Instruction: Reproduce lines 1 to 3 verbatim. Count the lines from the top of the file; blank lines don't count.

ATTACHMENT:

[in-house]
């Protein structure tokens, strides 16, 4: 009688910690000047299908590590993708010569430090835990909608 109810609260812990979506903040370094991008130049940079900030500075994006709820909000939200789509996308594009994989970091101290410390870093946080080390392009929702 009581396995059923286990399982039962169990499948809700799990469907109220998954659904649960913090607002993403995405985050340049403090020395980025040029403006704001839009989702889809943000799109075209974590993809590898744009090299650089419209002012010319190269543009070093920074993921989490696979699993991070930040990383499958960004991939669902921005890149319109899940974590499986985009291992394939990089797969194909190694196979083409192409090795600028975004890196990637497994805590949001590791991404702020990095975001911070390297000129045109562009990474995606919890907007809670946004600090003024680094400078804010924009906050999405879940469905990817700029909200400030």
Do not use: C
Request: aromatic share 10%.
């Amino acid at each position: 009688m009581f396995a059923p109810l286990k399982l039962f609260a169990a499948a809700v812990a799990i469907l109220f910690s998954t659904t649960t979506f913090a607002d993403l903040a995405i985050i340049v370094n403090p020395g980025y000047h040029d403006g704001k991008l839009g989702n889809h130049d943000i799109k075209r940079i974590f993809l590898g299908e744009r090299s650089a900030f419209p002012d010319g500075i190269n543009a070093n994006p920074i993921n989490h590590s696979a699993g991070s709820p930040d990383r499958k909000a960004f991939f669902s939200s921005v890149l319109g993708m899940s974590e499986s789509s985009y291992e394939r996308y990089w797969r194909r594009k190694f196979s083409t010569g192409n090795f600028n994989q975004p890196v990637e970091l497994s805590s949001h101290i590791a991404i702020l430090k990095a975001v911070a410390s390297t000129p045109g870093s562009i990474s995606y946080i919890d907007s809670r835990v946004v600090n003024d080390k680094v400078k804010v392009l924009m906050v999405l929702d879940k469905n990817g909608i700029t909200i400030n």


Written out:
[in-house]
């Protein structure tokens, strides 16, 4: 009688910690000047299908590590993708010569430090835990909608 109810609260812990979506903040370094991008130049940079900030500075994006709820909000939200789509996308594009994989970091101290410390870093946080080390392009929702 009581396995059923286990399982039962169990499948809700799990469907109220998954659904649960913090607002993403995405985050340049403090020395980025040029403006704001839009989702889809943000799109075209974590993809590898744009090299650089419209002012010319190269543009070093920074993921989490696979699993991070930040990383499958960004991939669902921005890149319109899940974590499986985009291992394939990089797969194909190694196979083409192409090795600028975004890196990637497994805590949001590791991404702020990095975001911070390297000129045109562009990474995606919890907007809670946004600090003024680094400078804010924009906050999405879940469905990817700029909200400030």
Do not use: C